Nonmetallic pumps

This type of pump is used to handle abrasive, chemically corrosive, and oxidizing liquids, where conventional pumps would require exotic alloys. The wet end of these pumps is non-metallic or lined and coated, sealing and isolating any metal component. The power end is normal.

Non-Metallic Construction Lined/Coated Metallic wet parts

■ Phenolic Resin ■ Rubber Lined/Coated

■ Carbon/Craphitc

■ Most of these pump designs are back-pullout construction.

■ Some meet complete ANSI specs.

Know and Understand Centrifugal Pumps Magnetic drive pumps

BEARINGS LUBRICATED WITH PROCESS FLUID

BEARINGS LUBRICATED WITH PROCESS FLUID

Figure 6-11

This type of pump utilizes a conventional electric motor that drives a set of magnets that drive other magnets fixed to the pump shaft. A nonmagnetic housing that isolates the pumped liquid from the environment separates the rotating magnet sets. The impeller, the driven magnet set, shaft and bearing assembly all operate inside the pumped liquid. There are two types of magnet drives:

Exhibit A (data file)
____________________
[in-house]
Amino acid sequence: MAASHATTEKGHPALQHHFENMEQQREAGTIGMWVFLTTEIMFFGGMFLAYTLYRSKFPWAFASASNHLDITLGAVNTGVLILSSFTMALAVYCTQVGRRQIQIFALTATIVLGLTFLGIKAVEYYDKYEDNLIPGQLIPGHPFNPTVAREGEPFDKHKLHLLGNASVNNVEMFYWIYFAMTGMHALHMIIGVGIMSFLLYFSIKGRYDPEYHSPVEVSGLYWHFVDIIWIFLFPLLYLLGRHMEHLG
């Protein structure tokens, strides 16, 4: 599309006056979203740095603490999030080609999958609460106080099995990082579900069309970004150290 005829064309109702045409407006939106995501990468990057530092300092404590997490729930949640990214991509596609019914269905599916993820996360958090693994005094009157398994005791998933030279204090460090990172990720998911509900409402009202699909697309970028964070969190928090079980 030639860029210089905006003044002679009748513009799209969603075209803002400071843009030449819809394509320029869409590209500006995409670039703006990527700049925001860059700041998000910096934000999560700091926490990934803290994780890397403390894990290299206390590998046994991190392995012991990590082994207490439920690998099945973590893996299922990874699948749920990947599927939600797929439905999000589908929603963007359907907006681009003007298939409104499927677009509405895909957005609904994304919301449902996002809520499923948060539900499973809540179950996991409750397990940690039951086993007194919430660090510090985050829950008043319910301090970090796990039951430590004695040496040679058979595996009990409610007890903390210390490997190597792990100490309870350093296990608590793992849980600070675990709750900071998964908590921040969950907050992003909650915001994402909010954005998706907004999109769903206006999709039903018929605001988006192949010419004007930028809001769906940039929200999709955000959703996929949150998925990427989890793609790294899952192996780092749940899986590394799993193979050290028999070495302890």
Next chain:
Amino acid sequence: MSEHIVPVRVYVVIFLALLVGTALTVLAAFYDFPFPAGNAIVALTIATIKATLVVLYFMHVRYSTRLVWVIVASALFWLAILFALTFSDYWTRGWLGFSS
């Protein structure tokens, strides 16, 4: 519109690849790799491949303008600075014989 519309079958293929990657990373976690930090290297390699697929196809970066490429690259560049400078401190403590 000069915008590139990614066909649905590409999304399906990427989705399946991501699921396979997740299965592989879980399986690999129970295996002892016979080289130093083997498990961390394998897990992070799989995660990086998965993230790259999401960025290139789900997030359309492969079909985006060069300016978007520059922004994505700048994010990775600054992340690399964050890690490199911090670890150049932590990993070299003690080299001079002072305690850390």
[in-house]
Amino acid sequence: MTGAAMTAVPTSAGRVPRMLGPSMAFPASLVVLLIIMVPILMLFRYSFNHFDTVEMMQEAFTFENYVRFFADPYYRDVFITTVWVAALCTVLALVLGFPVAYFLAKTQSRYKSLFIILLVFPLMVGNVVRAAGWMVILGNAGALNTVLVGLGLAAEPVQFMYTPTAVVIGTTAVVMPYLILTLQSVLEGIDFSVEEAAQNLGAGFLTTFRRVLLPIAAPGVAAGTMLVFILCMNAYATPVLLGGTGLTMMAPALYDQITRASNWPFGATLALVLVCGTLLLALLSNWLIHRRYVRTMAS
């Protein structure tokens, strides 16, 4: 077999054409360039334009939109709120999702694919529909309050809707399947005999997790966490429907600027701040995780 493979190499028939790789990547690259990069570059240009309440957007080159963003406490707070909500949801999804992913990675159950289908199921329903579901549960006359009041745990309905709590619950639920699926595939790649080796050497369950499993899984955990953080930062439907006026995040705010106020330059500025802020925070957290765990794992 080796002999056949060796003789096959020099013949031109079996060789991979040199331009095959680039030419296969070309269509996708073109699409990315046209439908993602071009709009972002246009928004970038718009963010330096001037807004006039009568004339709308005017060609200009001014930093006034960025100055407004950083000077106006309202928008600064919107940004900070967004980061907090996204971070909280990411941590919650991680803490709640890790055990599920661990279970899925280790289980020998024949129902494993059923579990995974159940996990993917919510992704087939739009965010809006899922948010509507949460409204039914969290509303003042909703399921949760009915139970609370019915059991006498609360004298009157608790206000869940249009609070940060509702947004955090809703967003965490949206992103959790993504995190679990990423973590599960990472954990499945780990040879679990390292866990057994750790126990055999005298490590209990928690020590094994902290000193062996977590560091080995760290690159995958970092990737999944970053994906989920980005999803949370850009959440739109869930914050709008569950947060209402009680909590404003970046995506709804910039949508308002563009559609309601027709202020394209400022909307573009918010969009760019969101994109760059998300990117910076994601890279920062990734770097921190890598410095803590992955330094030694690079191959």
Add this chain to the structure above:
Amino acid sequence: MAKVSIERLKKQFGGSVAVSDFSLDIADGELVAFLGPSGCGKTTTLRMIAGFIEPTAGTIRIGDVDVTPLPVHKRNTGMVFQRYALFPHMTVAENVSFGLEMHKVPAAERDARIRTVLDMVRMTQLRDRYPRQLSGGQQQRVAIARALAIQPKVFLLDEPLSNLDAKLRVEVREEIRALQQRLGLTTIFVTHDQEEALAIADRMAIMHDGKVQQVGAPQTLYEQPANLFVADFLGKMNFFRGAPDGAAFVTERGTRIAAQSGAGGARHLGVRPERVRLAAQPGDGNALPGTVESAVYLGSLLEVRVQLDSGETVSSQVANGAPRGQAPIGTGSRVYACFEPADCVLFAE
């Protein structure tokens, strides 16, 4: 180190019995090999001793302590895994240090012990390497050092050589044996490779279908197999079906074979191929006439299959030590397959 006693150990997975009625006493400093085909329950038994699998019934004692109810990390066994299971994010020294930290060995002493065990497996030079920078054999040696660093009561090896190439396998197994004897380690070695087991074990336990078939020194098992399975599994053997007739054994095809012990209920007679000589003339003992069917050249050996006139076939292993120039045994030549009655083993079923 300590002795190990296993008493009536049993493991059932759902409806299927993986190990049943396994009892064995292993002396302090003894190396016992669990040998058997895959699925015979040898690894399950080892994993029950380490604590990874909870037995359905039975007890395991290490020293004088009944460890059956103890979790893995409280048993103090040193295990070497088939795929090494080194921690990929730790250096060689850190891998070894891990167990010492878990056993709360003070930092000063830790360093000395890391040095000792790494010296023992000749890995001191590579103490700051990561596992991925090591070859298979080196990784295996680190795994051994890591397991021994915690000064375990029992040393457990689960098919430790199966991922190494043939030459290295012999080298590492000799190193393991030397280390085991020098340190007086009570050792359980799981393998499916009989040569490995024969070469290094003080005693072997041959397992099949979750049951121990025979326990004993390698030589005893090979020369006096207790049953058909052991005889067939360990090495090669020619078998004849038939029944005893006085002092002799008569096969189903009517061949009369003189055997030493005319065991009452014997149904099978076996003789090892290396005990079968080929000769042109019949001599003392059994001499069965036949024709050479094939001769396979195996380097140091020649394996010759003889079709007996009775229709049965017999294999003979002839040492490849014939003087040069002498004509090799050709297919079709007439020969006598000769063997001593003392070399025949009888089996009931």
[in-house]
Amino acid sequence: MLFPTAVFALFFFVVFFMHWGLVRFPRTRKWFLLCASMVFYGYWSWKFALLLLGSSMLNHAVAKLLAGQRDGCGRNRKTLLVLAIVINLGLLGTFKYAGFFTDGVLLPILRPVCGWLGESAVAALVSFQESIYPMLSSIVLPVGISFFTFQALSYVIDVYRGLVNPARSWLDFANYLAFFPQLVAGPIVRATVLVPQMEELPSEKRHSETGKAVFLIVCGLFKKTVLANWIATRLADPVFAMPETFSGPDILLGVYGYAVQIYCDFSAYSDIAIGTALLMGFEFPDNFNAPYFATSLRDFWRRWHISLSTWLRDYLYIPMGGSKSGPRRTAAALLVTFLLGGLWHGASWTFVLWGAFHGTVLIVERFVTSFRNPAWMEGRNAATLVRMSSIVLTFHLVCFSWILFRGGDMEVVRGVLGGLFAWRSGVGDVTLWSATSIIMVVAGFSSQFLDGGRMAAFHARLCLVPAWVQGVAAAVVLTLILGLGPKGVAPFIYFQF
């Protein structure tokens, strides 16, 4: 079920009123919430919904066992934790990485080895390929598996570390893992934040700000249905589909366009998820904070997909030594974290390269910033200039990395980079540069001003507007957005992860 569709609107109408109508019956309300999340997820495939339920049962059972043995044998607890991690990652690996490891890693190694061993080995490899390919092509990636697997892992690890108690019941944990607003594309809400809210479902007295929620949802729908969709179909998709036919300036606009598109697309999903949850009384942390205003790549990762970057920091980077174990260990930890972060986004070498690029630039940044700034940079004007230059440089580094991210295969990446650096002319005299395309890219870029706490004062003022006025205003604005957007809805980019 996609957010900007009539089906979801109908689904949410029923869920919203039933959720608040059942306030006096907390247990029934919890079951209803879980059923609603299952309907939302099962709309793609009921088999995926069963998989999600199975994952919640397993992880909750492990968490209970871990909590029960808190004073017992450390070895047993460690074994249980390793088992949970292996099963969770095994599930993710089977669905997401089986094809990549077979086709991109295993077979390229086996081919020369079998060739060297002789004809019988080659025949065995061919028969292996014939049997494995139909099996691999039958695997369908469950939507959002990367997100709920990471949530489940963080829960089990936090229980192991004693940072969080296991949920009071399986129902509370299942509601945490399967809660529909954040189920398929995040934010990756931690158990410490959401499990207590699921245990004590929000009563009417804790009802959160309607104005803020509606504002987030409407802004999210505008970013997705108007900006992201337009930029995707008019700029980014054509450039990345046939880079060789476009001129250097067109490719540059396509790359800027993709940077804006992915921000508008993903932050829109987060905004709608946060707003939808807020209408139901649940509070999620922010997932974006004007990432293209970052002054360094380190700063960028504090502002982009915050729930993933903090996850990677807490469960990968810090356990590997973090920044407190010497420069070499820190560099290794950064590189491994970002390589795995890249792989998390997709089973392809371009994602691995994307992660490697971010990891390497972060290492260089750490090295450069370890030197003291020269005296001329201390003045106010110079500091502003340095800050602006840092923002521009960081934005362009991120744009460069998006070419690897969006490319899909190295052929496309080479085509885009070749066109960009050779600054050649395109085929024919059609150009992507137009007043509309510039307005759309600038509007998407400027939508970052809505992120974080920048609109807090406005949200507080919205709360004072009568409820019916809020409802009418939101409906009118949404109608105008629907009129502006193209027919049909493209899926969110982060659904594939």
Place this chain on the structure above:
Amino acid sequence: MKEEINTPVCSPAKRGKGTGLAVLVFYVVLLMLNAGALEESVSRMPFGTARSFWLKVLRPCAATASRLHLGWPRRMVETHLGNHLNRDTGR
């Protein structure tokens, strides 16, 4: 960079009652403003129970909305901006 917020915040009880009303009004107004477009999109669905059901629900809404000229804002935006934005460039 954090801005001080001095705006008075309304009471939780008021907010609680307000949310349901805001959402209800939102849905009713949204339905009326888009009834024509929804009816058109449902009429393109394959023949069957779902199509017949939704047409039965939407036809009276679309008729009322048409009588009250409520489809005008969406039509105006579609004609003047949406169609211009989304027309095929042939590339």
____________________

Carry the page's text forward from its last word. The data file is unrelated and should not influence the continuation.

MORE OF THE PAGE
■ Eddy Current electromagnets that can experience some slip inside the pump and may decouple.

■ Rare earth permanent magnets with no slip and not subject to decoupling.

The advantages

■ Considered leak proof (although some models use gaskets and o-rings as secondary seals).

■ No exposure (neither liquid nor gaseous) to workers or the environment.

■ Considered more reliable than canned motor pumps (the containment shell is larger).

The disadvantages

■ Higher initial cost and repair cost.

■ Not good at handling abrasives.

■ Must be operated very close to the BFP on the curve.

■ Cannot resist extended cavitation.

■ The magnets can decouple (requiring stopping and restarting the pump).

■ Not as efficient as conventional pumps.

■ May require larger motors.

■ Tends to heat the pumped liquid.

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